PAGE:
First spine surgeries using the ExcelsiusGPS at Hopkins
"Surgeries using ExcelsiusGPS were performed last week at The in Baltimore, Maryland and St. Mark’s Hospital in Salt Lake City, Utah. The surgical team at Johns Hopkins was led by neurosurgeons Dr. Nick Theodore and Dr. Ali Bydon, while orthopedic spine surgeon Dr. Kade Huntsman performed the surgeries at St. Marks.
“ExcelsiusGPS is the only robotic system that combines surgical navigation and robotic guidance for spinal surgery, which offers significant advantages to spine surgeons,” said Dr. Huntsman, “The system has been designed to take into account the typical surgical workflow to facilitate procedural efficiency.”
“ExcelsiusGPS is the culmination of years of research and development efforts and demonstrates Globus Medical’s superior product development capabilities,” said Norbert Johnson, Vice President of Robotics, Imaging, & Navigation. “We believe the ExcelsiusGPS System will advance patient care and provide tangible benefits for surgeons and hospitals in terms of time, accuracy and reduced radiation exposure through the application of robotic and navigation technology in spine and orthopedic surgery.”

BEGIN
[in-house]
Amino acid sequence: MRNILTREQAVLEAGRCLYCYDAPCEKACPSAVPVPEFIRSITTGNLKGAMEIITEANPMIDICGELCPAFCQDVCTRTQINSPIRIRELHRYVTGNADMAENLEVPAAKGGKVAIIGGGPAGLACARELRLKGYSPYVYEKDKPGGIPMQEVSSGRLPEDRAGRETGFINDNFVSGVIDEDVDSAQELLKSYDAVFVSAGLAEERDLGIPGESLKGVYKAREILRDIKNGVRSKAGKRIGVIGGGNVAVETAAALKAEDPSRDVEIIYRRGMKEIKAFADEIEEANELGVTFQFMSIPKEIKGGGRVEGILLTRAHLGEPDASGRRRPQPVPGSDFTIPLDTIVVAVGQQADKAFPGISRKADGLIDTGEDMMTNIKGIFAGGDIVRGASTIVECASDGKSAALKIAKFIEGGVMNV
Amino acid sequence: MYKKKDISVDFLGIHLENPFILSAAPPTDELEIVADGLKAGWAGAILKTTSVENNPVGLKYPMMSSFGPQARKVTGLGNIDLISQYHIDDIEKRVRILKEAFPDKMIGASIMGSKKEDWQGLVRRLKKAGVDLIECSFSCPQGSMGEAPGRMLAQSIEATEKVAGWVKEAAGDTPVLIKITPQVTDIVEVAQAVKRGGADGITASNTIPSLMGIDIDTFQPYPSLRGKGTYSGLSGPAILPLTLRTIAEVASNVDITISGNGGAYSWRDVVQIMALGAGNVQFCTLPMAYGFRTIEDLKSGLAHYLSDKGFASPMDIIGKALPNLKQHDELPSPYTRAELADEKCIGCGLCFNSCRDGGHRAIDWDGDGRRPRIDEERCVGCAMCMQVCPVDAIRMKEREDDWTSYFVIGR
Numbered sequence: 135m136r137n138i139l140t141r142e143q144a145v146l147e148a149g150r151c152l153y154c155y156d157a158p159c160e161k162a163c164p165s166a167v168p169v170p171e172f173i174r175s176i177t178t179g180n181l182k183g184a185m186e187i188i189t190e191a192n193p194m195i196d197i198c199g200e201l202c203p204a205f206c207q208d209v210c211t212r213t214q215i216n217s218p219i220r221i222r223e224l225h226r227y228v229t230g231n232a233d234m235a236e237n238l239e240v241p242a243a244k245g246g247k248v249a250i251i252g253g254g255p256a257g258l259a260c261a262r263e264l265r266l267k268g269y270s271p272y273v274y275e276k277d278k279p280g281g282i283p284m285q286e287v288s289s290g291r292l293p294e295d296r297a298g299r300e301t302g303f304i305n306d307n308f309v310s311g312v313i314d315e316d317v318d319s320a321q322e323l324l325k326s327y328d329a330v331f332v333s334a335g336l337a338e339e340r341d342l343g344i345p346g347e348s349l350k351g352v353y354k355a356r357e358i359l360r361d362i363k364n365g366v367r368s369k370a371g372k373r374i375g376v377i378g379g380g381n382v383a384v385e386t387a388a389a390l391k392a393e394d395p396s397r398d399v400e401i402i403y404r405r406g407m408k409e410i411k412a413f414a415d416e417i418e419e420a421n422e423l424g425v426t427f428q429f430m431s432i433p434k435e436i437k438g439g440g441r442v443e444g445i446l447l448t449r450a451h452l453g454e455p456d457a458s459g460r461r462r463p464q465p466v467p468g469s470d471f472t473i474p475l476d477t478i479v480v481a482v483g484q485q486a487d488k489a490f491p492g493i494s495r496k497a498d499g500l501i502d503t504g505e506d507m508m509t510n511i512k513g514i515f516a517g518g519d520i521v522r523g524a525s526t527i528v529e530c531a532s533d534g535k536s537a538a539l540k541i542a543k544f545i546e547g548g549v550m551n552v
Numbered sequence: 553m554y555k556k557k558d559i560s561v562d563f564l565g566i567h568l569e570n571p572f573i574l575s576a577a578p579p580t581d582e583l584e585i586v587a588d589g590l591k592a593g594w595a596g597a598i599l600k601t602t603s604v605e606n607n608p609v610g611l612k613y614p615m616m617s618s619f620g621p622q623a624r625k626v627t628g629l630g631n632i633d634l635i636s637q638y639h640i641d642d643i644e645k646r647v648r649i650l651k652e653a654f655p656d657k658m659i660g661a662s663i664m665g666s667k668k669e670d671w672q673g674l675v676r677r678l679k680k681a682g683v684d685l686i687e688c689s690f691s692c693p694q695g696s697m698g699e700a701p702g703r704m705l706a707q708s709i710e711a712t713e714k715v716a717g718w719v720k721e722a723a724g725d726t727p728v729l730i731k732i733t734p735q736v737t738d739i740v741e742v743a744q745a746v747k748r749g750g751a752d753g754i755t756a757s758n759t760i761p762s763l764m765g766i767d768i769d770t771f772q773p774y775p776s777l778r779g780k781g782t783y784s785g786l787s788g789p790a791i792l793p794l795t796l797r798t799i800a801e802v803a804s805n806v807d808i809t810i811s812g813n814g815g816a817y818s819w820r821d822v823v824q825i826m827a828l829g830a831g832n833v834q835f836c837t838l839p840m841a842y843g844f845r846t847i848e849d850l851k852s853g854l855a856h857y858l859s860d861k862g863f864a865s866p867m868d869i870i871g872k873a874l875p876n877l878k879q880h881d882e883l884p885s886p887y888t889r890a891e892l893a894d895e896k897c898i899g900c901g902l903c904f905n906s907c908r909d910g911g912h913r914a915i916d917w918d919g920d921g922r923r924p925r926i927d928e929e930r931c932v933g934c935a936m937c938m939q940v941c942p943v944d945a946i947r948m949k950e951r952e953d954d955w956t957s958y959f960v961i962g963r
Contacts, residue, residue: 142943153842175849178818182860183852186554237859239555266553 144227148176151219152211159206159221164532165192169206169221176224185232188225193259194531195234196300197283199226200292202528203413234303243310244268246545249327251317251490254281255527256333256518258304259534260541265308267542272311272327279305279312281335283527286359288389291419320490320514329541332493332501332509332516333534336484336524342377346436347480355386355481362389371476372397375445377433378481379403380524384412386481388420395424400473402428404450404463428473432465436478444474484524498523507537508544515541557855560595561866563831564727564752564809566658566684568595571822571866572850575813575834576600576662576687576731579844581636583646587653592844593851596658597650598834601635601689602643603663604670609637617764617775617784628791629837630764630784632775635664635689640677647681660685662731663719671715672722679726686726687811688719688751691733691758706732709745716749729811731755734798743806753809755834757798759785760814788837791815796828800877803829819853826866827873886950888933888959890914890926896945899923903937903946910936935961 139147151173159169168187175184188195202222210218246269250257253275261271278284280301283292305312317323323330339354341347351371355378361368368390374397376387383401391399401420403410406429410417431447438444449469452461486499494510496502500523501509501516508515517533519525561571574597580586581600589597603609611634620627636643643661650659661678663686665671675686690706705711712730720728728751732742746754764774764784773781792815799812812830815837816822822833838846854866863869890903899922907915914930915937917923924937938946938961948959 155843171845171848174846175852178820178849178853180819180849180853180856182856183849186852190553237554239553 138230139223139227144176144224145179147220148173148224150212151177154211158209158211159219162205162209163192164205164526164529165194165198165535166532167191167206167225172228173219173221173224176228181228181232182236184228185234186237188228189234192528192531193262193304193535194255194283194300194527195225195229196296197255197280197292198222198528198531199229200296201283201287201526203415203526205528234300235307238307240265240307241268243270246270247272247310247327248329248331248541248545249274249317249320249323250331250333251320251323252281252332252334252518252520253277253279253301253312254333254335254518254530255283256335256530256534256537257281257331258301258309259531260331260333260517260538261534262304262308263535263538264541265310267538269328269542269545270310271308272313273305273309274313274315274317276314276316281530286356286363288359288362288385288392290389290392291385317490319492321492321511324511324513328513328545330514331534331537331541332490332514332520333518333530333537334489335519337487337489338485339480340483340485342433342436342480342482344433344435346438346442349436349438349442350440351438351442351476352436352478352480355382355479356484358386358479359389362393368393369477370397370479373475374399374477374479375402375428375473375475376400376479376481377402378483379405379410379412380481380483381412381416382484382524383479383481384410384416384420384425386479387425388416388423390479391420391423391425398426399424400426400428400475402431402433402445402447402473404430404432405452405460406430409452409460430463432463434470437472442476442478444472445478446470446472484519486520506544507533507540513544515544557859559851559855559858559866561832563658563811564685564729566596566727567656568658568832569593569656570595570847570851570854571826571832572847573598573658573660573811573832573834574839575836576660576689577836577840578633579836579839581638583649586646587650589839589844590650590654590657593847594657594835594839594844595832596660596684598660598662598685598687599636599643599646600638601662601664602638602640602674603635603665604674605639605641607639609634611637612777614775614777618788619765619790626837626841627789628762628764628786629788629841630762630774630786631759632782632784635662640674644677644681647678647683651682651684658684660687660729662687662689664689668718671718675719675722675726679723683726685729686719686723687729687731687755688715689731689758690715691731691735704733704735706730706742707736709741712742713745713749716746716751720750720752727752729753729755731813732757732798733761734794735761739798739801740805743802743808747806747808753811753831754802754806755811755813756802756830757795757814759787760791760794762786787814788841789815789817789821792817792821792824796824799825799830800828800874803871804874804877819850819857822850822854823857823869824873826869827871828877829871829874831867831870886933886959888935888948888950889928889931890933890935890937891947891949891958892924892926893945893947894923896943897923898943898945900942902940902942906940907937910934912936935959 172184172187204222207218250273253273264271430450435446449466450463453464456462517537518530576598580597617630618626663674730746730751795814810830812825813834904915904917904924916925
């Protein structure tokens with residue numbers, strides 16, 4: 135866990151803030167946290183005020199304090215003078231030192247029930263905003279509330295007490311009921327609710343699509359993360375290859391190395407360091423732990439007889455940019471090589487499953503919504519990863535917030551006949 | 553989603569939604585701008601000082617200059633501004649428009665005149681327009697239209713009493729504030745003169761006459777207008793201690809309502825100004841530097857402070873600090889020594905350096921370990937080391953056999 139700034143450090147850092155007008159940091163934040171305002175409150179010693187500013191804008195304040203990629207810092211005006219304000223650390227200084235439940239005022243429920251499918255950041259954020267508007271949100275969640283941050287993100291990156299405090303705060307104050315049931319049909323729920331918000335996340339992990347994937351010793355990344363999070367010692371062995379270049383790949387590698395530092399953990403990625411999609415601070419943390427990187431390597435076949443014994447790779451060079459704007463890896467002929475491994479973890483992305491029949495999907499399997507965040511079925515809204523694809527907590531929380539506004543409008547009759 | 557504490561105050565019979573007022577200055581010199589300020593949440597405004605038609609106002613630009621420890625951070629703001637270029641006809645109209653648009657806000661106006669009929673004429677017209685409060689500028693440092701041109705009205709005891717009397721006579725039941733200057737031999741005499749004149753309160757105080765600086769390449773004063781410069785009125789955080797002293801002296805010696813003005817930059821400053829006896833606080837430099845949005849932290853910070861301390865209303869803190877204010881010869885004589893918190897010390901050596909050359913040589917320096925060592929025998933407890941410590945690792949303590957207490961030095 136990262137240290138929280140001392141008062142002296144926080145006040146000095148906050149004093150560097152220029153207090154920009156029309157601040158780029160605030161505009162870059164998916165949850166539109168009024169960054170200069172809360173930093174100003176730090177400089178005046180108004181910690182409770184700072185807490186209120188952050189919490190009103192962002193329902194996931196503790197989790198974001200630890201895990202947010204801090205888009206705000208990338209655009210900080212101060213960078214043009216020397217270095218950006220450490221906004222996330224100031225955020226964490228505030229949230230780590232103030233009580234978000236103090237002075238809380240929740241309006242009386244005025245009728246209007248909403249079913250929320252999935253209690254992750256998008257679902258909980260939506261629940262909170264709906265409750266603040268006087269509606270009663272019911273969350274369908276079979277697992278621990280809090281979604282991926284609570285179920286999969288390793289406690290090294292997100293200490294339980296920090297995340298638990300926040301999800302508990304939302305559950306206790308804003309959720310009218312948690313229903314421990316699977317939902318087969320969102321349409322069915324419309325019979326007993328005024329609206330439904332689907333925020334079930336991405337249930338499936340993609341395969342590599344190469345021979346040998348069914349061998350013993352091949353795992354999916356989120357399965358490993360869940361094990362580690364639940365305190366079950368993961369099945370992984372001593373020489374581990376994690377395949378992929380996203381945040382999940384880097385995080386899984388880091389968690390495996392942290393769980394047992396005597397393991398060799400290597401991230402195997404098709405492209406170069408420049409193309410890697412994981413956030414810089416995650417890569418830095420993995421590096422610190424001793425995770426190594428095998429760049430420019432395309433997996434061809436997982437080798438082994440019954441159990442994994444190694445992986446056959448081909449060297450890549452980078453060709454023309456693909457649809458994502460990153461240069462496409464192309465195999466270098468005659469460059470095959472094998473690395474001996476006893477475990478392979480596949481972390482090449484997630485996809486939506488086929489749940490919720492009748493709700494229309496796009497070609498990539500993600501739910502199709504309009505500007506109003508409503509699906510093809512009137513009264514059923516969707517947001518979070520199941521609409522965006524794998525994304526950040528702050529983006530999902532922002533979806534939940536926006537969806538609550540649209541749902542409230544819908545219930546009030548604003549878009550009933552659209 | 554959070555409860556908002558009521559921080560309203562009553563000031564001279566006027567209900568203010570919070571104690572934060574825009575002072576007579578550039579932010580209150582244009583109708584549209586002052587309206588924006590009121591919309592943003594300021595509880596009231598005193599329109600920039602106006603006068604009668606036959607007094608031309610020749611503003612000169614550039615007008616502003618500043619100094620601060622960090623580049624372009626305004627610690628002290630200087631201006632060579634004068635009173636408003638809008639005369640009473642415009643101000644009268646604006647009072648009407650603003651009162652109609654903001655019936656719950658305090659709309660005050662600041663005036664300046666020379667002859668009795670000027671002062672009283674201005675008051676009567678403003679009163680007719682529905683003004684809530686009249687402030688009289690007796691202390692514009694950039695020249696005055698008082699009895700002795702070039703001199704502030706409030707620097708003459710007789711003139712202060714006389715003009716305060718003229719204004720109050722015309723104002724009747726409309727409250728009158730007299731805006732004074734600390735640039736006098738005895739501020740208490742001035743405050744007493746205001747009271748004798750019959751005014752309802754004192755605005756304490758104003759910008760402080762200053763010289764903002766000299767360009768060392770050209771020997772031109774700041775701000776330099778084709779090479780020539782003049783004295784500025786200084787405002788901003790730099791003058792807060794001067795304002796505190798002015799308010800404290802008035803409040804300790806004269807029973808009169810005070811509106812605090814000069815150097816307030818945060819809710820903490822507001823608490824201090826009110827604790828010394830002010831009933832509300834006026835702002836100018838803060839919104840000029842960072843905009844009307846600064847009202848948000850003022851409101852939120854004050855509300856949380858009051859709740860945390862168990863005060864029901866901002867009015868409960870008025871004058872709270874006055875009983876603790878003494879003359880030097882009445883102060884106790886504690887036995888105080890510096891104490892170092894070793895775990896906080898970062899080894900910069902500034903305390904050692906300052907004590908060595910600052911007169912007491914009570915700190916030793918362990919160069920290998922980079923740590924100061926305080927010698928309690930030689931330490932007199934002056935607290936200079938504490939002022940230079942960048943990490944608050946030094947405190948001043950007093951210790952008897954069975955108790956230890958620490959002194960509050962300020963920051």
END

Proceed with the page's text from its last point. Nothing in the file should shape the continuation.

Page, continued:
ExcelsiusGPS supports minimally invasive and open screw placement procedures. It seamlessly integrates Globus Medical implants and instruments and is compatible with pre-operative CT, intra-operative CT and fluoroscopic imaging modalities. The system is designed to minimize radiation exposure, streamline workflow, and reproducibly assist in implant placement.
Globus Medical expects its first revenues from the sale of ExcelsiusGPSt systems to occur in the fourth quarter 2017, in alignment with current company guidance."